Once in the Gothic Quarter, there are so many different options of things to do, including a visit to the Barcelona Cathedral. The Gothic-style architecture of this building is stunning, and admission is donation-based, so a visit to the Cathedral won’t break the bank.
Additionally, when exploring the Gothic Quarter be sure to check out Plaça Reial, a picturesque plaza featuring a Gaudi-designed fountain and home to some of the best restaurants and nightlife in Barcelona, including the famous traditional jazz club, Jamboree.
If you want to learn more about the history of the Gothic Quarter, it’s possible to take a 2-hour walking tour of this neighbourhood.
Once you’ve explored the Gothic Quarter, make your way down to La Barceloneta, the breezy, seaside neighbourhood right on the coast.
Take a walk on the beach, visit the Marina, the Museum of Catalan History, the Barcelona Aquarium (one of the largest and most diverse in Europe), or opt to take a cable car from the beach to Montjuïc hill for stunning views of Barcelona.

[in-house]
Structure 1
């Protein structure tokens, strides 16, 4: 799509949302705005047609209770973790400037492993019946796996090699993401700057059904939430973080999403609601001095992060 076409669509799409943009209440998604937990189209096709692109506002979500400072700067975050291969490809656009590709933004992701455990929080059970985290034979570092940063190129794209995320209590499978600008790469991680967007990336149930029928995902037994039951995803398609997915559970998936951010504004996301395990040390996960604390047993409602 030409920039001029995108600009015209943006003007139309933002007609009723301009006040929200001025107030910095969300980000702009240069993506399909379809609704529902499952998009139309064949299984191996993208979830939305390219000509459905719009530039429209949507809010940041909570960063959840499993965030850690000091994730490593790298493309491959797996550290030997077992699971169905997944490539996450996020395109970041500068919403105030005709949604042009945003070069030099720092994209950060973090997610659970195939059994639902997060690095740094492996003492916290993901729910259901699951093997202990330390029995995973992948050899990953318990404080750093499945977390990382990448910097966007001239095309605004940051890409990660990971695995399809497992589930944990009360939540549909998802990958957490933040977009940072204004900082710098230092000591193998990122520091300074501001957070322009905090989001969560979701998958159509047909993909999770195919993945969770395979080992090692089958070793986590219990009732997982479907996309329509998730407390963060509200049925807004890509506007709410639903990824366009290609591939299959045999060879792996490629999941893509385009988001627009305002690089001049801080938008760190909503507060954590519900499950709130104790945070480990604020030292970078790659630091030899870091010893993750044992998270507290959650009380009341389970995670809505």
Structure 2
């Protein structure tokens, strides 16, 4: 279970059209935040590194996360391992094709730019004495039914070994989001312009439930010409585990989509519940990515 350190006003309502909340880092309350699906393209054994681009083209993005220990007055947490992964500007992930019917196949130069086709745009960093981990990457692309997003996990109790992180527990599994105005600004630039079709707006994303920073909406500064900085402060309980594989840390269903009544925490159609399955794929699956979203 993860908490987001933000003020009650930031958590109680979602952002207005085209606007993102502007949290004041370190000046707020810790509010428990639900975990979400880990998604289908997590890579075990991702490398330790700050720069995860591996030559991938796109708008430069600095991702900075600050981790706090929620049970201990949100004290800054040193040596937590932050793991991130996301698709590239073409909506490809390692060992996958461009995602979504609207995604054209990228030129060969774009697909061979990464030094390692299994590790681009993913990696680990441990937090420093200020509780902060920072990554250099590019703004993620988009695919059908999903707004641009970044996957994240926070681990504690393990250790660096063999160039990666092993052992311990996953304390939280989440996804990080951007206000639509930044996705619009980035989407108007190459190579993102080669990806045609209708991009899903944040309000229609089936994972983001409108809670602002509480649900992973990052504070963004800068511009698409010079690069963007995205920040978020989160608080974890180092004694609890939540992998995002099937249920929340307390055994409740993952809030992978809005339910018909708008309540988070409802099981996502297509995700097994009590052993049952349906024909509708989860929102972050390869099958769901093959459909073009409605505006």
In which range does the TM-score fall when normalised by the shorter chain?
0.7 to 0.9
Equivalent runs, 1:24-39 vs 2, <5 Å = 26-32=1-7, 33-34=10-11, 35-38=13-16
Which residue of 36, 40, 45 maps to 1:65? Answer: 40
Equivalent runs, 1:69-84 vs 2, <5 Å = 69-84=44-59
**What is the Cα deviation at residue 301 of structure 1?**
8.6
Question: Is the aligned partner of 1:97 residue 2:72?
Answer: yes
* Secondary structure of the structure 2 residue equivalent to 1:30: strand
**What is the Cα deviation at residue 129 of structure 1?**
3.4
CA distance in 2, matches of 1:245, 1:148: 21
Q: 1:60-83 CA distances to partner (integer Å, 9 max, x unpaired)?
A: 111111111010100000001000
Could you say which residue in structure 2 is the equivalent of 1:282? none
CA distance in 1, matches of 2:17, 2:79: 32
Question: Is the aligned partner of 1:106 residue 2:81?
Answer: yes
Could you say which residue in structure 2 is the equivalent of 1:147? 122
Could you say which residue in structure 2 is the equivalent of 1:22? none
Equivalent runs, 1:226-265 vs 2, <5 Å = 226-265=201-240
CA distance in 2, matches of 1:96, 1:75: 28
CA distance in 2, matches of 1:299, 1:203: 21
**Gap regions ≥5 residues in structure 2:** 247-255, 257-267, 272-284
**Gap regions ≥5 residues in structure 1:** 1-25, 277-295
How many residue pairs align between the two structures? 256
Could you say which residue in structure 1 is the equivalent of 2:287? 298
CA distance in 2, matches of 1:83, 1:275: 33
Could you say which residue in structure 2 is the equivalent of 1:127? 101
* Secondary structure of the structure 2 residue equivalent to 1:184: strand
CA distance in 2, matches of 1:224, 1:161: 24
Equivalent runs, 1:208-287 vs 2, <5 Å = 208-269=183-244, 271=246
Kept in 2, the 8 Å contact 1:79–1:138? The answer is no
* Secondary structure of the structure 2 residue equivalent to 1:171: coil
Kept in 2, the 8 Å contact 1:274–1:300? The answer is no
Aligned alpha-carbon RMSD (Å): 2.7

For dinner in the evening, dine al fresco in La Barceloneta if the weather is nice. There are so many seaside bars and restaurants you can choose from that provide stunning views of the beach and delicious Spanish food.
After dinner, spend this evening exploring the nightlife scene in Barcelona. If you’re into dance clubs and a high-energy experience stay in La Barceloneta, then visit the clubs that line the street nearest to the beach.
There are so many unique ones to choose from and you’ll definitely get a taste of the wild nightlife Barcelona is known for. If you’d like a more relaxed night but still want to check out local bars, head back into the Gothic Quarter for a quiet drink.
Day 2 – Gaudí’s Barcelona
Now that you have a good foundation of knowledge on Gaudí and the basic layout of the city and major popular areas, Day 2 will be spent checking out the iconic masterpieces of Gaudi and exploring inland Barcelona.
La Sagrada Familia
Your first priority on Day 2 should absolutely be visiting La Sagrada Familia, the breathtaking yet unfinished Catholic church designed by Gaudí and considered to be his masterpiece.